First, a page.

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Battery Management

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Organizations can utilize a variety of deployment options, technologies and services to increase the reliability of their power protection solution. Here are some of the most effective ones.

Redundant Deployment Architectures

Deploying UPSs in redundant groups can increase availability by ensuring that critical loads remain protected even if one or more UPSs fail. There are three main kinds of redundant UPS architecture:

Zone – In a zone architecture, one or more UPSs provide dedicated support for a specific set of data center resources. That way if a UPS fails during a power outage, the impact is limited to the zone that device supports.
Serial –  In a serial architecture, multiple UPSs are connected end to end such that if any one UPS in the string fails, the others can compensate automatically.
Parallel – Parallel architectures use multiple independent parallel-connected UPSs to achieve increased redundancy. If any UPS fails completely, the other systems can keep protected information technology equipment (ITE) loads operational.

Hot-swappable components – Technicians can repair or administer a UPS that uses hot-swappable components without powering the UPS down, thereby exposing IT equipment to decreased risk of downtime.

Extending battery runtime – A typical UPS battery provides five to 15 minutes of backup power. Organizations that need more than that can use supplemental external battery modules or cabinets to add as much as several hours of emergency runtime at full load.

Battery management – One of the most important parts of the UPS system is the energy storage system, which is typically a battery. Many UPS systems continually “trickle-charge” the battery, which has a tendency to degrade the battery’s internal chemical composition, reducing battery service life.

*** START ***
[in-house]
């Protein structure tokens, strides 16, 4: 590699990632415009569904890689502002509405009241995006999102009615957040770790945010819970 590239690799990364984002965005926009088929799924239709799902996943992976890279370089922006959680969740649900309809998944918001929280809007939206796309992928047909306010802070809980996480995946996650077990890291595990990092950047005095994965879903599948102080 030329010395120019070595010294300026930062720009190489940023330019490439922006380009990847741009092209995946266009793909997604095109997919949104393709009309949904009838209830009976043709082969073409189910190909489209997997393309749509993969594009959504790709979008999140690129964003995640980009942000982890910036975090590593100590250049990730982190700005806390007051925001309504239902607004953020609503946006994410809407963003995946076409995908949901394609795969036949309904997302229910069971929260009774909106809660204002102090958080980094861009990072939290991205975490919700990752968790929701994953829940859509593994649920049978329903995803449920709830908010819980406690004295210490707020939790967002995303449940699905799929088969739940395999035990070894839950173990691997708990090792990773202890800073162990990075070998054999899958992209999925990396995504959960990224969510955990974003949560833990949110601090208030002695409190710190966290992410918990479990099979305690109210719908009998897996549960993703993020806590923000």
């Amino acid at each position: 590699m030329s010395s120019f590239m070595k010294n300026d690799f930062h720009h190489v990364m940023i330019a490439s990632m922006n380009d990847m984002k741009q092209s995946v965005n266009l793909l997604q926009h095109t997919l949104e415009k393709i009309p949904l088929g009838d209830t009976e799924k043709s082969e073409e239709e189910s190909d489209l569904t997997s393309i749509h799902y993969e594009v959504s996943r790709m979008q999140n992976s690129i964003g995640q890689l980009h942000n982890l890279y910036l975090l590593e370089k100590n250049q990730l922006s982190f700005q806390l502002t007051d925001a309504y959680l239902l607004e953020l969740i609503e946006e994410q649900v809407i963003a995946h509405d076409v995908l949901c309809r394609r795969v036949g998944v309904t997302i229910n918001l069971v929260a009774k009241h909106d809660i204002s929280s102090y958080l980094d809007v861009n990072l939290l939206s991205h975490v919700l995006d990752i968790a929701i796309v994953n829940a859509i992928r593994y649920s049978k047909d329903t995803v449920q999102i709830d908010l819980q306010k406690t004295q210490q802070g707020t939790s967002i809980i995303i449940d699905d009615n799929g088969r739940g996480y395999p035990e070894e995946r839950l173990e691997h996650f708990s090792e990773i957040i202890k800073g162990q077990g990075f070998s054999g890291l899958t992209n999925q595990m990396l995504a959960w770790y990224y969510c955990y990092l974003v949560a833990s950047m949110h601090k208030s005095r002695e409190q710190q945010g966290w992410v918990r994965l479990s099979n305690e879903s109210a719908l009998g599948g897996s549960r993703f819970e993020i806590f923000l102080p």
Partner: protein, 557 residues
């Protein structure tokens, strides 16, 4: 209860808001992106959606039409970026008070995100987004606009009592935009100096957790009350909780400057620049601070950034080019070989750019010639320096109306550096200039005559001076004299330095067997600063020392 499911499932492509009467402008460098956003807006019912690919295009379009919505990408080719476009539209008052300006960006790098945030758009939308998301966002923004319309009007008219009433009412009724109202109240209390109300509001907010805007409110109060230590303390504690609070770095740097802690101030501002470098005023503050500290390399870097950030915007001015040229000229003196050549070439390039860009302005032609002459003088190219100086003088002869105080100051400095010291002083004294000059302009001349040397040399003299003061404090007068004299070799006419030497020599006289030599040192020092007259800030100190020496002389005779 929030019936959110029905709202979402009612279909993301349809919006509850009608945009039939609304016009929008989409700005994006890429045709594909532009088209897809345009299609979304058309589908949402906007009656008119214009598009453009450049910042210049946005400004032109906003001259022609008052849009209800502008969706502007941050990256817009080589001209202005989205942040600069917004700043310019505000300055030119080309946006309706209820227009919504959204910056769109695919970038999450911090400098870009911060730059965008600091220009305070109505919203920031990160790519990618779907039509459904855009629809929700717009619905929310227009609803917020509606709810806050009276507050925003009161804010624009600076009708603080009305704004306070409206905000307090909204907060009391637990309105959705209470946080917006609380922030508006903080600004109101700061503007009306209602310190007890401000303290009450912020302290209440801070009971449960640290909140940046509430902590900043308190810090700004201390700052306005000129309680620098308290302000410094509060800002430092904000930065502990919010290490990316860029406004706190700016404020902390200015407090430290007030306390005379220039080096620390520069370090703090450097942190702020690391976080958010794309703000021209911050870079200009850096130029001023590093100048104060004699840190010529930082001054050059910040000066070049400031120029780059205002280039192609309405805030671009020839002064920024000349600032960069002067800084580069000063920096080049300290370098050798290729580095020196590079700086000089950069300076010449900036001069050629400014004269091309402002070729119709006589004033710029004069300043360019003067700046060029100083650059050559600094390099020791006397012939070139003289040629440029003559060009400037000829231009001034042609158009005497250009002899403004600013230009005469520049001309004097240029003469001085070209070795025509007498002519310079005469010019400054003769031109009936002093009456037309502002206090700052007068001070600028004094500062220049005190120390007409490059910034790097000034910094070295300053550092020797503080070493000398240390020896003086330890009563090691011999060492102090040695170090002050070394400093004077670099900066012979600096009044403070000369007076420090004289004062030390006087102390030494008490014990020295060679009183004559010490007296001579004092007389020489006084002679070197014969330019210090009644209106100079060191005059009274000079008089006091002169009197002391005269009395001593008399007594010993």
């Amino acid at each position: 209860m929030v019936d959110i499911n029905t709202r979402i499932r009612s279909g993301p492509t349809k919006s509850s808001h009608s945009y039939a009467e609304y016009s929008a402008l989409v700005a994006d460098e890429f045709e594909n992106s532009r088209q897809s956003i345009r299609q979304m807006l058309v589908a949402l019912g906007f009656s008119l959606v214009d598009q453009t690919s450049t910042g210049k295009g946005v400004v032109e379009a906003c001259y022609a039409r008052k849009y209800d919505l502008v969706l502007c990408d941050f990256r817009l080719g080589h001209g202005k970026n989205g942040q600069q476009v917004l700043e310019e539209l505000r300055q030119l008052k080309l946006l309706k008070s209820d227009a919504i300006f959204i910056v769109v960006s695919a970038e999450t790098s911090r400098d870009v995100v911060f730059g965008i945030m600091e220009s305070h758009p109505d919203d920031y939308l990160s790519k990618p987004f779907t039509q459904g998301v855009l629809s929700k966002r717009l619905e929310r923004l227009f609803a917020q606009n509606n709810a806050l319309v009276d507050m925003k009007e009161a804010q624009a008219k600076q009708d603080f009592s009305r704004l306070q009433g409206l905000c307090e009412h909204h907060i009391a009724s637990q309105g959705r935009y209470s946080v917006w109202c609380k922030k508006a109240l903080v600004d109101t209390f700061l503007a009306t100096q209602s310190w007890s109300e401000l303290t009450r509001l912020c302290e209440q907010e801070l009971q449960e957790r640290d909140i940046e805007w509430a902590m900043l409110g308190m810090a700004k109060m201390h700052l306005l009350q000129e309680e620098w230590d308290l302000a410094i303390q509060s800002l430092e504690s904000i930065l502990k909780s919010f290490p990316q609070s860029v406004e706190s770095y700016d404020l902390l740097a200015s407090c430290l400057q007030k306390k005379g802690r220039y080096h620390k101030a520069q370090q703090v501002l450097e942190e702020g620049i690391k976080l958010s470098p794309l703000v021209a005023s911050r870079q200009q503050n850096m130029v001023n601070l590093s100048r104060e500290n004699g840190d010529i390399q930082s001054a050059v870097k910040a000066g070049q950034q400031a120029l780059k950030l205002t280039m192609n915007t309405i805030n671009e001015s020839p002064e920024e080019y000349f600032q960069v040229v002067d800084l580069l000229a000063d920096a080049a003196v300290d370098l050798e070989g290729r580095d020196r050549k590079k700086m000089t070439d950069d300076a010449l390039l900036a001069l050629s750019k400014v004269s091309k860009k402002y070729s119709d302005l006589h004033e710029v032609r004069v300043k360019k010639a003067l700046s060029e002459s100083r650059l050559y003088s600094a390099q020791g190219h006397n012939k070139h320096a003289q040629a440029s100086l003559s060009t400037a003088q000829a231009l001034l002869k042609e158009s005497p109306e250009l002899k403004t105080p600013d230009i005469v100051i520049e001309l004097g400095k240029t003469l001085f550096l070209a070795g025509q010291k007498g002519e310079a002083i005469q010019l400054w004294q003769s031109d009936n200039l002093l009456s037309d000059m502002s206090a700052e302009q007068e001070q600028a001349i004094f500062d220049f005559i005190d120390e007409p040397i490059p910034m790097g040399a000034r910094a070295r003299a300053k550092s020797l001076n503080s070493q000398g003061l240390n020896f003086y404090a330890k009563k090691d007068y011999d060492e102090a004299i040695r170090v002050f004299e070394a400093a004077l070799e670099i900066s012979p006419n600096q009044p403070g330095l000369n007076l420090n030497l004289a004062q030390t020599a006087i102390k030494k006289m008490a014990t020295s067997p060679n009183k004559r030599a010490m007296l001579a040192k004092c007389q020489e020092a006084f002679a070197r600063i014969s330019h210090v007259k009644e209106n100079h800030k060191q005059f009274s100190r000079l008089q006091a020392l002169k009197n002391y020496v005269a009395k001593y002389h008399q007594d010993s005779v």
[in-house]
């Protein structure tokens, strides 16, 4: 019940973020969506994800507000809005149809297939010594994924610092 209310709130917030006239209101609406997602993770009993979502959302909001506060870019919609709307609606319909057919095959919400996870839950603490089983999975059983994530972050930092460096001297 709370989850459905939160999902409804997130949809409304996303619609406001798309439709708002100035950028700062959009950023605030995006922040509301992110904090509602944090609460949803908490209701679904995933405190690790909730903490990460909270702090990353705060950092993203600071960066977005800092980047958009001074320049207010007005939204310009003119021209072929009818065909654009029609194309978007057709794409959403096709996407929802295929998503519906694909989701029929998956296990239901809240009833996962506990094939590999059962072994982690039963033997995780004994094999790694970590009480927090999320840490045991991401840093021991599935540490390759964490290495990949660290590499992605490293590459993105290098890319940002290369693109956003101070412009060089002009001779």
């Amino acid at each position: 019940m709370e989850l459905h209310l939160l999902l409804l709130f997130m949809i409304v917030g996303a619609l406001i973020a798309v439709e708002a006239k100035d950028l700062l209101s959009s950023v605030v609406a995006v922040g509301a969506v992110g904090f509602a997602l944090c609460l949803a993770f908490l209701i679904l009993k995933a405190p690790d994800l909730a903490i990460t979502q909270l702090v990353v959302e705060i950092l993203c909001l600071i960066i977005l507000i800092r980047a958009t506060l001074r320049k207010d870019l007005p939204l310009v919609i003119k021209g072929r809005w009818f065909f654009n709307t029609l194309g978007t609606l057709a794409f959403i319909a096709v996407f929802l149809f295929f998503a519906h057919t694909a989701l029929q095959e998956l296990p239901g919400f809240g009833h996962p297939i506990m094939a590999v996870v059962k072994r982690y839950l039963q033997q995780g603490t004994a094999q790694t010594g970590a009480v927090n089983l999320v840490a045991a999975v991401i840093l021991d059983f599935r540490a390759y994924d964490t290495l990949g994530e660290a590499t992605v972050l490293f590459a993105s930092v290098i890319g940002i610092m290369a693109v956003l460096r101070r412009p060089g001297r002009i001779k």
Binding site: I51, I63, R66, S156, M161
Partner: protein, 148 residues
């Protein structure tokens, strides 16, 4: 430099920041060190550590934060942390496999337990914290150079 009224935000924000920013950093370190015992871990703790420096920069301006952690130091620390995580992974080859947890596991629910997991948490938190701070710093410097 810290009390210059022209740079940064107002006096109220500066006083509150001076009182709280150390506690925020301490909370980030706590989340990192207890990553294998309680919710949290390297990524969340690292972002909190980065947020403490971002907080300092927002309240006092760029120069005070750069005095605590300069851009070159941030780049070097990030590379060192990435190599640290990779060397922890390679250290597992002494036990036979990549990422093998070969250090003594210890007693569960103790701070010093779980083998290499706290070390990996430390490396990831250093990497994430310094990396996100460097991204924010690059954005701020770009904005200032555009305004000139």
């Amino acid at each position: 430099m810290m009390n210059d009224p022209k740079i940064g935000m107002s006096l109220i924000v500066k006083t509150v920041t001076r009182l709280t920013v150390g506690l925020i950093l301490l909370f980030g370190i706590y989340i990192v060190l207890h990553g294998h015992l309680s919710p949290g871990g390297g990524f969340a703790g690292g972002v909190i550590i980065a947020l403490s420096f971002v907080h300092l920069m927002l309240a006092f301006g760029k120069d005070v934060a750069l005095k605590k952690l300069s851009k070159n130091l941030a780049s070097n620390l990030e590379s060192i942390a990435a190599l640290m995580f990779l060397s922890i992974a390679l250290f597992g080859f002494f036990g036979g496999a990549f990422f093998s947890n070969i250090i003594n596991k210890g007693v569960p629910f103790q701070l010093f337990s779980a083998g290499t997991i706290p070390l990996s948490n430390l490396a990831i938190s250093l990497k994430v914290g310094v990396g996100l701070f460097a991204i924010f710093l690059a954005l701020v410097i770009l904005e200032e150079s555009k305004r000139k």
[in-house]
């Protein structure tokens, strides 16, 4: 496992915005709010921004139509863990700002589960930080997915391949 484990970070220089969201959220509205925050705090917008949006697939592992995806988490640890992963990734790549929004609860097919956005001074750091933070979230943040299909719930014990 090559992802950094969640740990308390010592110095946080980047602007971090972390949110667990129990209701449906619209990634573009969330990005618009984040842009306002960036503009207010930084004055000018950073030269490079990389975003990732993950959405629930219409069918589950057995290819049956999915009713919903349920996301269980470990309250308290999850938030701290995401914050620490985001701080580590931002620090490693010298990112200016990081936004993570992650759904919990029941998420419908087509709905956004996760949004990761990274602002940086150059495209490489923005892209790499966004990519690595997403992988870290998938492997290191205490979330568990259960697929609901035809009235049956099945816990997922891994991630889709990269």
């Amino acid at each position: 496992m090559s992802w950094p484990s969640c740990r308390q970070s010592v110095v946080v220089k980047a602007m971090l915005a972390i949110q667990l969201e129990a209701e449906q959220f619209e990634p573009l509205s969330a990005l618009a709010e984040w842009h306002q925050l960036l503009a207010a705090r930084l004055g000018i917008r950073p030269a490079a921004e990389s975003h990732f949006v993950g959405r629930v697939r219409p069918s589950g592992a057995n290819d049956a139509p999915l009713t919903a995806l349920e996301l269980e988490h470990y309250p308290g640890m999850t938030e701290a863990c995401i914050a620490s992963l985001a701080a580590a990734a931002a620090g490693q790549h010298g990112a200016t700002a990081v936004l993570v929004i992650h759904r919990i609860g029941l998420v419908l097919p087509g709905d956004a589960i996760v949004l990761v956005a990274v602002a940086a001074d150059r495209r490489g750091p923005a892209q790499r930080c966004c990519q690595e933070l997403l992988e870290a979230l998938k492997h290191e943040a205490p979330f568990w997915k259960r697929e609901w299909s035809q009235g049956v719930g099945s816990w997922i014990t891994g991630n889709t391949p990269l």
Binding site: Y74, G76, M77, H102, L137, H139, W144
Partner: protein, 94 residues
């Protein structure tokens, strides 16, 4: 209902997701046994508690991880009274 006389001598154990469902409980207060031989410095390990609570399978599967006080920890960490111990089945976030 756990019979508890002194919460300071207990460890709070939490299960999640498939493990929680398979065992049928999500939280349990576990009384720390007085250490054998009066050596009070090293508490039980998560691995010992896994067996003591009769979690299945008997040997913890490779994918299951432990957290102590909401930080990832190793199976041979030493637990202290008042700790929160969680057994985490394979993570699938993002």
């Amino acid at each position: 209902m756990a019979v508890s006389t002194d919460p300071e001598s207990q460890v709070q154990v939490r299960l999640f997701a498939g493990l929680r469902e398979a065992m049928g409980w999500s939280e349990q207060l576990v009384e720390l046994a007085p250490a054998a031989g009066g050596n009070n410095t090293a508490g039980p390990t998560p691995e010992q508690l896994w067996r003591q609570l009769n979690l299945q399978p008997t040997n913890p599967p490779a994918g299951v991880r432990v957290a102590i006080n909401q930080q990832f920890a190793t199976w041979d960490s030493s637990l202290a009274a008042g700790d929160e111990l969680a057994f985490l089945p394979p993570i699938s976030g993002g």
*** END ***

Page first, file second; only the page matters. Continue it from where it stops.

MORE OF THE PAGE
While large banks of flooded electrolyte batteries for high power (greater than 500kVA) UPS systems need to have the battery trickle charged, most non-spillable (VRLA) batteries used in today’s lower kVA UPSs can benefit from a charging technique where the charger turns off and “rests” the battery.

Some manufacturers have labeled this charging technique as Advanced Battery Management.

This technique helps increase battery service life by as much as 50 percent.

Batteries utilizing this battery management technology last longer and are more reliable thanks to the UPS system’s three-stage charging technique, sophisticated sensing circuitry and an automated battery test routine that notifies the end user of deteriorating battery conditions that warrant replacement.

Remote monitoring – The best way to address UPS problems is to prevent them from happening in the first place.

Remote UPS monitoring applications continually watch for warning signs of future trouble, such as deteriorating performance or an overheating battery, and send real-time notification when potential issues develop.

That enables technicians to make repairs before serious breakdowns have a chance to occur. Data centers can perform remote monitoring themselves or contract with an external provider to do it for them.

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